Eye on the Reef with Derwent Hunter – 3 February 2015

Eye on the Reef with Derwent Hunter – 3 February 2015

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Derwent Hunter keeps an ‘Eye on the Reef’

3 February 2015
Eye on the Reef Training Day

The Derwent Hunter crew are getting excited for the official annual “Eye on the Reef” Training Day for Whitsunday Tourism Crew being held on Friday 6 February in Airlie Beach.

Crew will be updating their knowledge on reef tools such as Tourism Weekly and the Reef Health & Impact Survey. It’s also a chance for our crew to have answered all those tricky questions they have been saving for the GBRMPA specialists.

Derwent Hunter participates in the GBRMPA Eye on the Reef program

Our Monitoring site Black Island (Bali Hai)

The monitoring site looked after by Tall Ship Adventures is iconic Black Island (Bali Hai) located opposite Hayman Island. Black Island has beautiful soft corals, a green turtle population and a beautiful beach to relax on- it has it all.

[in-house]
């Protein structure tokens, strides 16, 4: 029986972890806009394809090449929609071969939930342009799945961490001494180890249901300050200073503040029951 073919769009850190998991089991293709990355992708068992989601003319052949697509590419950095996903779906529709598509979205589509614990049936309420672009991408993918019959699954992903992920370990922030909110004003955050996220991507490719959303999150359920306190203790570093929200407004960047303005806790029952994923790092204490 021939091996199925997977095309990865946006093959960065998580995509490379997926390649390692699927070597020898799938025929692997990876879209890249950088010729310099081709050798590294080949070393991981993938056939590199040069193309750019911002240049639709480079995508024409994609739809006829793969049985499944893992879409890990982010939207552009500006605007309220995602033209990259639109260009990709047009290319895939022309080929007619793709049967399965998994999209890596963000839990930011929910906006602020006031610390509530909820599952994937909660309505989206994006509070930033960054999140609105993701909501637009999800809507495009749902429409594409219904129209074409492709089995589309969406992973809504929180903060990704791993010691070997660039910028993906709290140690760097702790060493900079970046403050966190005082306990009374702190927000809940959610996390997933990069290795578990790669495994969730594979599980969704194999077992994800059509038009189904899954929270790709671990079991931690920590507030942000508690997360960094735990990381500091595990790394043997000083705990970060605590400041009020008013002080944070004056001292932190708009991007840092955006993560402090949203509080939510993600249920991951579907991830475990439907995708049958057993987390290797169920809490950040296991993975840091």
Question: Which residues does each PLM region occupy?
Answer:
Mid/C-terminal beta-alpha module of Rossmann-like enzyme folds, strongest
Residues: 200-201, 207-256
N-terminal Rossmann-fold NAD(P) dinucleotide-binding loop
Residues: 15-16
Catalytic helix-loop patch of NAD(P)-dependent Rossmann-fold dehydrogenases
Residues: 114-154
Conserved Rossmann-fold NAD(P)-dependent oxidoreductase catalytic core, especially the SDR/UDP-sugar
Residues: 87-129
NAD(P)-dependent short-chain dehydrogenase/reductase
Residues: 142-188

Our crew aim to record observations about the reef health, the presence and absence of protected species and water quality. The information that is collected on “Eye on the Reef” contributes to a data management system that enables the development of a reef-wide picture of the ecosystem’s health.

Protected species – Green Turtles

The animal that our crew and guests get most excited about would have to be the Green Turtles. We are lucky enough to see these guys in abundance at our two sites of Black Island and Langford Reef.

Green turtles are a species protected by law and require special management. They are cold blooded and breathe air, and can often be seen coming up to the surface to breathe.

Our green turtles our typically 60cm in length but can grow up to 1.5m. Guest can usually see the green turtles in subtidal and intertidal coral and rocky reefs, where they feed on algae.

Swimming alongside a turtle is a luxury and a once in a lifetime experience for many people. Guests are encouraged to follow best practice around turtles by swimming calmly and slowly next to them and not interfering with their need to breathe.

Turtles are at the most risk when breathing on the surface, so it is essential that speedboats travel slowly in reef areas. The reef is not a place for being the fastest. The slowest and most graceful win the day.

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By |2019-01-25T05:49:55+00:00February 3rd, 2015|Log|0 Comments

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